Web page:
Category Archives: Greece ๐Ÿ‡ฌ๐Ÿ‡ท

Delos

According to Greek mythology, Apollo was born on this tiny island in the Cyclades archipelago. Apollo’s sanctuary attracted pilgrims from all over Greece and Delos was a prosperous trading port. The island bears traces of the succeeding civilizations in the Aegean world, from the 3rd millennium B.C. to the palaeochristian era. The archaeological site is exceptionally extensive and rich and conveys the image of a great cosmopolitan Mediterranean port.

Since 1990 it is a Unesco site.

Thanks to Christina for the postcard.

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Old Town of Corfu

The Old Town of Corfu, on the Island of Corfu off the western coasts of Albania and Greece, is located in a strategic position at the entrance of the Adriatic Sea, and has its roots in the 8th century BC. The three forts of the town, designed by renowned Venetian engineers, were used for four centuries to defend the maritime trading interests of the Republic of Venice against the Ottoman Empire. In the course of time, the forts were repaired and partly rebuilt several times, more recently under British rule in the 19th century. The mainly neoclassical housing stock of the Old Town is partly from the Venetian period, partly of later construction, notably the 19th century. As a fortified Mediterranean port, Corfuโ€™s urban and port ensemble is notable for its high level of integrity and authenticity.

Since 2007 it is a Unesco site.

Thanks to Lavinia for the postcard.

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Archaeological Sites of Mycenae and Tiryns

The archaeological sites of Mycenae and Tiryns are the imposing ruins of the two greatest cities of the Mycenaean civilization, which dominated the eastern Mediterranean world from the 15th to the 12th century B.C. and played a vital role in the development of classical Greek culture. These two cities are indissolubly linked to the Homeric epics, the Iliad and the Odyssey, which have influenced European art and literature for more than three millennia.

Since 1999 it is a Unesco site.

Thanks to my grandma for the postcard.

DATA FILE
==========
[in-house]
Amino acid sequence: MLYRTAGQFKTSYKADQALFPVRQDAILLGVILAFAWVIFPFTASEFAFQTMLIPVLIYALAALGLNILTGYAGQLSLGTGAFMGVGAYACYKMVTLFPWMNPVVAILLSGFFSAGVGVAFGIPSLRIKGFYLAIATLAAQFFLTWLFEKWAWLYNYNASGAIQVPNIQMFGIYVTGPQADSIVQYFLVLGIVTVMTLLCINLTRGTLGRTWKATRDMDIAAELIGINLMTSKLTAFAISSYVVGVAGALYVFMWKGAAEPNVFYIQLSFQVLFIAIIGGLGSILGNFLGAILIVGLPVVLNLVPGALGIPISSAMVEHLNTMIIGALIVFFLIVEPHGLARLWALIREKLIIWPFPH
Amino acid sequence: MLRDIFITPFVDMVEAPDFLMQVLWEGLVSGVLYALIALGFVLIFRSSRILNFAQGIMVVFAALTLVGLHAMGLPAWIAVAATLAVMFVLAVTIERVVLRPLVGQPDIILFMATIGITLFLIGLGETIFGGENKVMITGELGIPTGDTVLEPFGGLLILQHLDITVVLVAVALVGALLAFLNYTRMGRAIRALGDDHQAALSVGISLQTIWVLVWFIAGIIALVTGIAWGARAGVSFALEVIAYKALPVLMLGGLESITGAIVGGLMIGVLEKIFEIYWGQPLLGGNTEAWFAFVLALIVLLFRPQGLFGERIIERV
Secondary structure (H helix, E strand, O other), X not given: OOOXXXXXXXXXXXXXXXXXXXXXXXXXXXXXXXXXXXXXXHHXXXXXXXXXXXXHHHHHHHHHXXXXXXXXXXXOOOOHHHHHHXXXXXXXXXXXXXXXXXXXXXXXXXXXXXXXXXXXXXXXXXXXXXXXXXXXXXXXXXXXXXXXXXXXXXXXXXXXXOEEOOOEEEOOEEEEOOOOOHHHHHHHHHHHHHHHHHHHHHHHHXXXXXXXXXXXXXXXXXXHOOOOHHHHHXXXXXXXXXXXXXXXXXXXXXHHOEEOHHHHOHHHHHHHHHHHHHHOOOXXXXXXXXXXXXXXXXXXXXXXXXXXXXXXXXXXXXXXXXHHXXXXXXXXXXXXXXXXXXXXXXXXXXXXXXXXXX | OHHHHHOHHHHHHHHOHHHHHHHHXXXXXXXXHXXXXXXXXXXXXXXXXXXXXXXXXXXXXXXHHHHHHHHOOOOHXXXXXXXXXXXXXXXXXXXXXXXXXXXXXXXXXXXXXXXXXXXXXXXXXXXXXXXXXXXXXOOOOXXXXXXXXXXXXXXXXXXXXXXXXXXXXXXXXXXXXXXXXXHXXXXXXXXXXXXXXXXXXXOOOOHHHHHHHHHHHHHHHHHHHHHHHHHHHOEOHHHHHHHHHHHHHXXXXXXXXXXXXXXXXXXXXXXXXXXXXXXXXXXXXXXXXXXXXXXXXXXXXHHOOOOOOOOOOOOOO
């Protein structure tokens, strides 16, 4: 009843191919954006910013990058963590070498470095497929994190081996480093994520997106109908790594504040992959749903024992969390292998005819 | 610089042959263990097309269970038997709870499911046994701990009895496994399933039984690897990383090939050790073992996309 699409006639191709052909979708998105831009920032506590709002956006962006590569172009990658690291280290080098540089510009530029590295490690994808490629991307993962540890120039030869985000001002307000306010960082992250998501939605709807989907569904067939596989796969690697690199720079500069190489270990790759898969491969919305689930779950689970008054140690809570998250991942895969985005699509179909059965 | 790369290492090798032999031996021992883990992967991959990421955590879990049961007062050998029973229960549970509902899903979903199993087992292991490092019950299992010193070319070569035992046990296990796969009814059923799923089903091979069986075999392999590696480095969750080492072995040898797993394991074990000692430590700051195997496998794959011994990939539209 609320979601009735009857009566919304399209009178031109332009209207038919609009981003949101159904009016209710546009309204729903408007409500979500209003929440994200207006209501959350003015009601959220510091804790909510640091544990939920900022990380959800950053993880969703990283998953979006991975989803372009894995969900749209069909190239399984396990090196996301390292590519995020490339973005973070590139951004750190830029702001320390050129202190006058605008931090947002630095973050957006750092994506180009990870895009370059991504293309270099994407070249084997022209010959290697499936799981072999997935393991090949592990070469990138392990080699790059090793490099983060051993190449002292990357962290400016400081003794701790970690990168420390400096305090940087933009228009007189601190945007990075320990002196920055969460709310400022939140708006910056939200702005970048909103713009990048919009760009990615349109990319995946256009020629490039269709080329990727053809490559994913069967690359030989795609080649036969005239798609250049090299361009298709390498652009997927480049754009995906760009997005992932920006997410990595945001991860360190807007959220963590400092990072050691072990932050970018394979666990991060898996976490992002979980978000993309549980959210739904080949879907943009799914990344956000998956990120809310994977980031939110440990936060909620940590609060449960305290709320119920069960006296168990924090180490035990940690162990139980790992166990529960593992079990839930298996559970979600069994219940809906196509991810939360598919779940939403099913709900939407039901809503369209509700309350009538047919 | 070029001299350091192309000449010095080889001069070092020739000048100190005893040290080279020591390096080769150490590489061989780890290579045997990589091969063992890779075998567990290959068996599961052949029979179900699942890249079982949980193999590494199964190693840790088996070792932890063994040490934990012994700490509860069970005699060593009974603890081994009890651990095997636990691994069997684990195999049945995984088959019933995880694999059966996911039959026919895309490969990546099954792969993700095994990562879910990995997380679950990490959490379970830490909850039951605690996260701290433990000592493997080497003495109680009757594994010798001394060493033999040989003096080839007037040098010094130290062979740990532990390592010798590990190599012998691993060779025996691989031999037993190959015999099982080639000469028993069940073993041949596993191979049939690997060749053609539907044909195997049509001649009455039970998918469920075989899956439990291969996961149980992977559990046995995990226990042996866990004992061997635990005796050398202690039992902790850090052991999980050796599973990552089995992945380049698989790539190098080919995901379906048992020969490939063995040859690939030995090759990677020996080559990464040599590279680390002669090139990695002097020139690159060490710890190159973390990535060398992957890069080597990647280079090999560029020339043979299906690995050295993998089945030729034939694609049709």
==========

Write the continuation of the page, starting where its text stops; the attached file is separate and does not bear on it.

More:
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Meteora

In a region of almost inaccessible sandstone peaks, monks settled on these ‘columns of the sky’ from the 11th century onwards. Twenty-four of these monasteries were built, despite incredible difficulties, at the time of the great revival of the eremetic ideal in the 15th century. Their 16th-century frescoes mark a key stage in the development of post-Byzantine painting.

‘Suspended in the air’ (the meaning of Meteora in Greek), these monasteries represent a unique artistic achievement and are one of the most powerful examples of the architectural transformation of a site into a place of retreat, meditation and prayer. The Meteora provide an outstanding example of the types of monastic construction which illustrate a significant stage in history, that of the 14th and 15th centuries when the eremitic ideals of early Christianity were restored to a place of honour by monastic communities, both in the Western world (in Tuscany, for example) and in the Orthodox Church.

Since 1988 it is a Unesco site.

Thanks to my grandma for the postcard.

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Archaeological Site of Olympia

The site of Olympia, in a valley in the Peloponnesus, has been inhabited since prehistoric times. In the 10th century B.C., Olympia became a centre for the worship of Zeus. The Altis โ€“ the sanctuary to the gods โ€“ has one of the highest concentrations of masterpieces from the ancient Greek world. In addition to temples, there are the remains of all the sports structures erected for the Olympic Games, which were held in Olympia every four years beginning in 776 B.C.